Another phonetic phenomenon points to the groups of Finno-Ugric peoples the Magyars came into contact with even after separation. In the Hungarian as well as in the Permian languages, in the case of the Finno-Ugric m, n, nj, (Magyar ny – ń) + consonant, the m, n, nj, that is, the nasal consonants, largely disappear, for example, the Hungarian ág (branch), Votyak vug, Finnish onke. This indicates that some of the ancient Magyars who separated from the Finno-Ugric peoples must have been in some loose contact with certain Permian peoples.

The dual form of certain words suggests that among the ancient Magyars a dialect using s must have existed along with the prevailing dialect that used sz, and that generally the former succumbed in the struggle for survival between the two. Here are a few examples: szőni (to weave): sövény (hedge), szem (eye): sömör (ringworm), szenved (suffer): senyved (languish), szőr (hair): sörény (mane), ország (country): uraság (noble), etc.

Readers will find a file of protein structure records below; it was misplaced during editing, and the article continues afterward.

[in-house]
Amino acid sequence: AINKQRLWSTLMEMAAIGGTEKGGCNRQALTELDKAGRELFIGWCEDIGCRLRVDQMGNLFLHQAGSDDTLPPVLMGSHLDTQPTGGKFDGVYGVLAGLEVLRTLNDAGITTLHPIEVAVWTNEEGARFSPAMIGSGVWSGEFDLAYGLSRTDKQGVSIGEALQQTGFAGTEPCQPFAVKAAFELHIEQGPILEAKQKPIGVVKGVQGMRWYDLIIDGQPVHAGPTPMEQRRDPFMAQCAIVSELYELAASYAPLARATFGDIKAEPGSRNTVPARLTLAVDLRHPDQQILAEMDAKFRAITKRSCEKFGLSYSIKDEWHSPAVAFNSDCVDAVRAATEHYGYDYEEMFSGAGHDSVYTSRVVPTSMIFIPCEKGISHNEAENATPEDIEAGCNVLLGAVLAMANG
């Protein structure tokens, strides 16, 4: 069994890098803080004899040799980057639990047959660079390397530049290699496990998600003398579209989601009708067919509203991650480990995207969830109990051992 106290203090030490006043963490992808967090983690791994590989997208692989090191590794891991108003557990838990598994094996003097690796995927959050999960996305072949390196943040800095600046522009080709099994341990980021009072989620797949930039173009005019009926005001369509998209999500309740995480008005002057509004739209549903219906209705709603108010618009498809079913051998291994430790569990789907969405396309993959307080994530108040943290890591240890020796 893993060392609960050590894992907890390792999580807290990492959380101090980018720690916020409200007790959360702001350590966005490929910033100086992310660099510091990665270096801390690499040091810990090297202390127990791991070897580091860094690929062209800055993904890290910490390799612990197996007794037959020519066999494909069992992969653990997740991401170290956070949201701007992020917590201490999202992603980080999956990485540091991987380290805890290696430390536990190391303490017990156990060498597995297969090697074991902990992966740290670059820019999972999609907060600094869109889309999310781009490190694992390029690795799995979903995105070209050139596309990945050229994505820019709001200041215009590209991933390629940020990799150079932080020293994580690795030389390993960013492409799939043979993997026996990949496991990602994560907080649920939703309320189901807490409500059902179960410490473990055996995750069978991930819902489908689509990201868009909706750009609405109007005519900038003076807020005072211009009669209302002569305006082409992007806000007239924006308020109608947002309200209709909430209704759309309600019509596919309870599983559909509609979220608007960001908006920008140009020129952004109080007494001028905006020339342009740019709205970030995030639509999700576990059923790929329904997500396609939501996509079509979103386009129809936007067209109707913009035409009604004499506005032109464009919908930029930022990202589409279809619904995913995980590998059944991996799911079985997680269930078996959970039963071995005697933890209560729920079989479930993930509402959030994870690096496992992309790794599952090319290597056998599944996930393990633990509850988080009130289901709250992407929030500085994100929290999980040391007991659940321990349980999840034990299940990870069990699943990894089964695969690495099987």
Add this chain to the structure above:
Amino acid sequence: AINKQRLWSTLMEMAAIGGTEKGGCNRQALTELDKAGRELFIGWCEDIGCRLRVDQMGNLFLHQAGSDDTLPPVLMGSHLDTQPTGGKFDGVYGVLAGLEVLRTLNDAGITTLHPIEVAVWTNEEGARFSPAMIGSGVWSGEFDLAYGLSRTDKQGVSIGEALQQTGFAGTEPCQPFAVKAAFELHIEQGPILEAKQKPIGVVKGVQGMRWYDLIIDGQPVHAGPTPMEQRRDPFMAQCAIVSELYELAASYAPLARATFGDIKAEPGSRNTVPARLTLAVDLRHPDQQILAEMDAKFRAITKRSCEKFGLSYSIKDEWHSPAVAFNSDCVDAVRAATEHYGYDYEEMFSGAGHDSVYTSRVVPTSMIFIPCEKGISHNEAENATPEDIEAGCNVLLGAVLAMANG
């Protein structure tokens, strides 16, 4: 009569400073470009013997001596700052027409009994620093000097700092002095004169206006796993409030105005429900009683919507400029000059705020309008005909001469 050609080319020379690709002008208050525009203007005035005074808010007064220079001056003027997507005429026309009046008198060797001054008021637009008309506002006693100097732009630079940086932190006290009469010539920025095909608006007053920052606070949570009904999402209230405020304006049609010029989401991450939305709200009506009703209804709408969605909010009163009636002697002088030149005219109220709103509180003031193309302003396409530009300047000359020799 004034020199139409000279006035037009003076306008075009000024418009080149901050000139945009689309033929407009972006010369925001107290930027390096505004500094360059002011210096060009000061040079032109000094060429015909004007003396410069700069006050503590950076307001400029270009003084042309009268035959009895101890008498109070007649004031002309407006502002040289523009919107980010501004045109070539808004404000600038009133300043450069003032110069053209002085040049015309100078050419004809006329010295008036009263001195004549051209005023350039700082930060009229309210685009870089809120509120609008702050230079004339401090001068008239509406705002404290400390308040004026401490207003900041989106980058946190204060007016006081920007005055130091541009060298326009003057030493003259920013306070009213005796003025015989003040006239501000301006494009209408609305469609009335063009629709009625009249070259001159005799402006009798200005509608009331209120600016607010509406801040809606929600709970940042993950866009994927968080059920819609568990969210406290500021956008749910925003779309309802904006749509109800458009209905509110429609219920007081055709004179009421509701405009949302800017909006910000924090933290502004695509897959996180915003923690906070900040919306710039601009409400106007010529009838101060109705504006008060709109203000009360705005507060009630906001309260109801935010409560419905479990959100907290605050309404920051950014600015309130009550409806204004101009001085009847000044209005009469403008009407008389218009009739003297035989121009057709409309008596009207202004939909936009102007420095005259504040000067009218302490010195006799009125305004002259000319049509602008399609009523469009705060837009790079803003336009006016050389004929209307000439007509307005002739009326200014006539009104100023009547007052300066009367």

We know considerably more of the Hungarian dialects from the time following the Conquest, especially from the 11th century. In fact, with the development of settlements, we can even relate them to specific places. Thus the use of í is a characteristic feature of some of the Hungarian dialects. It is possible to show the appearance of the sound é along with í in certain words and affixes very early: néz (look), természet {424.} (nature), versus níz, termíszet. The first Hungarian Bible translation in print, János Sylvester: Újtestamentum magyar nyelven (The New Testament in the Hungarian Language), Újsziget 1541, already reflects this dialectal peculiarity in a developed form.